How do leaders shift from silos to collaboration? What does that look like? What are the main levers? Why would you want to do this anyway?
I’m often asked to help teams shift from operating in their distinctive business groups to being a collaborative team.
Some of the underlying signals for silos are:
- Everyone takes their problems to the leader, and the leader becomes mired in the details
- Work doubles up as teams replicate services they can’t access within the wider group
- Boundaries between teams become inflexible
- People don’t ask for or offer help
- Priorities aren’t shared
- Managers work as their job descriptions, not as passionate people oriented leaders
- Managers at the leadership table talk as if their team/work is the most important thing
- Leaders are perceived as egocentric, and there is little “we, us, our” talk
There are a myriad of causes for silos.
The main one is lack of clear direction and expectations from leaders. Influencing factors are successive structural changes that were never implemented, leaders in long-term acting positions, no processes for individuals and teams entering and leaving groups, little direction in establishing group wide priorities, and out of date meeting agendas. The core of this is that people in the team don’t really know who they are working with so the connections between them are formed only on technical expertise.
Rarely do people know what is important to their colleagues, who inspires them, how they managed a difficult situation, and criteria relevant to the distinctive group.
I’ve experienced this before. There were no “natural” connections in a newly formed group I was working with. Other than having the same boss, people had distinctive differences, which they emphasized. Over-hearing a lunchtime conversation I decided to use the criteria of “risk” to explore and expand connections. We set up a continuum of loves risk and hates risk.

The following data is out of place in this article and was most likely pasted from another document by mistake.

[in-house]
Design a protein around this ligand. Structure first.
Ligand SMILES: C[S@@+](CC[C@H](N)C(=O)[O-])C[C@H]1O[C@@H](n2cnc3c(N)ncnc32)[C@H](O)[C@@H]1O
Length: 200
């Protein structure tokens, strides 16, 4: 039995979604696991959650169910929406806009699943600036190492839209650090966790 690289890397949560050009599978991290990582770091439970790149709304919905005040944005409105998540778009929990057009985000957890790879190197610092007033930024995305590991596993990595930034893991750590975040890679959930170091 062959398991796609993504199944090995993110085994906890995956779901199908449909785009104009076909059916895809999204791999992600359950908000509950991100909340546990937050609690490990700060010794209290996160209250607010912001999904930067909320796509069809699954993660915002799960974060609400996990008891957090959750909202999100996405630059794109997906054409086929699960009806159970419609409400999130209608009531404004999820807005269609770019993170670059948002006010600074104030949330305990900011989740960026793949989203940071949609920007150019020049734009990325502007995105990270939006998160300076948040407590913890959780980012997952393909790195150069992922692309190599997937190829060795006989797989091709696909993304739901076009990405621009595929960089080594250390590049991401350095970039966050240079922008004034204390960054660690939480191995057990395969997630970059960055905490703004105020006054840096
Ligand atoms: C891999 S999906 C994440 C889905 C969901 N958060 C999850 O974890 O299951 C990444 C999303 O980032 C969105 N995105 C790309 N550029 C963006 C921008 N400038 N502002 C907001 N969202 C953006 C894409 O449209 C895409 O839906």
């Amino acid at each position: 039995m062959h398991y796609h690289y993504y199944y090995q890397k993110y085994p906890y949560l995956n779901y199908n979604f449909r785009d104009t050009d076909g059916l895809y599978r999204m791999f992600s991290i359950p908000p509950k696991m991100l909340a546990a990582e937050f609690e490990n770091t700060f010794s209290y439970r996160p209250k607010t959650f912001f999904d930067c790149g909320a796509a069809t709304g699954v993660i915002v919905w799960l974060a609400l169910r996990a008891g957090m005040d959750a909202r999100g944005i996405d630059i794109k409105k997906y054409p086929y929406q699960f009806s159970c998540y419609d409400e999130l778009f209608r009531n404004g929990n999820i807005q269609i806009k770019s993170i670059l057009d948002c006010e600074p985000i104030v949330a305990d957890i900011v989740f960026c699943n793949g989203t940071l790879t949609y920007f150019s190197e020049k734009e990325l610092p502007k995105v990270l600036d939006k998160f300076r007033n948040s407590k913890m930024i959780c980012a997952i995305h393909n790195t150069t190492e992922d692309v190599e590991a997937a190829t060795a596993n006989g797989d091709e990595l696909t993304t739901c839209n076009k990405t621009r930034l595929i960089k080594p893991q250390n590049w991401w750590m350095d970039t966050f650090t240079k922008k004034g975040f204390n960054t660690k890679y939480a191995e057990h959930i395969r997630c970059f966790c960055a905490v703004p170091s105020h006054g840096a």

When people connect beyond their job description, five results become evident:
- Greater trust is generated.
- Leaders are more able to meet at the leadership table with their groups “behind” them, so their discussions benefit the whole group. They work “on” the business and then decide how they will implement that in their team.
- Priorities are shared.
- Leaders are more likely to share staff when others are under pressure as priorities are shared.
- Development conversations make sense as new opportunities are created within the group. These conversations result in greater engagement, motivation and vitality within teams and across the group.
How well is your leadership team collaborating? What might that look like for your team, and across your organization? What results might be possible if your team refocused and worked “on” the business?
© Diana Jones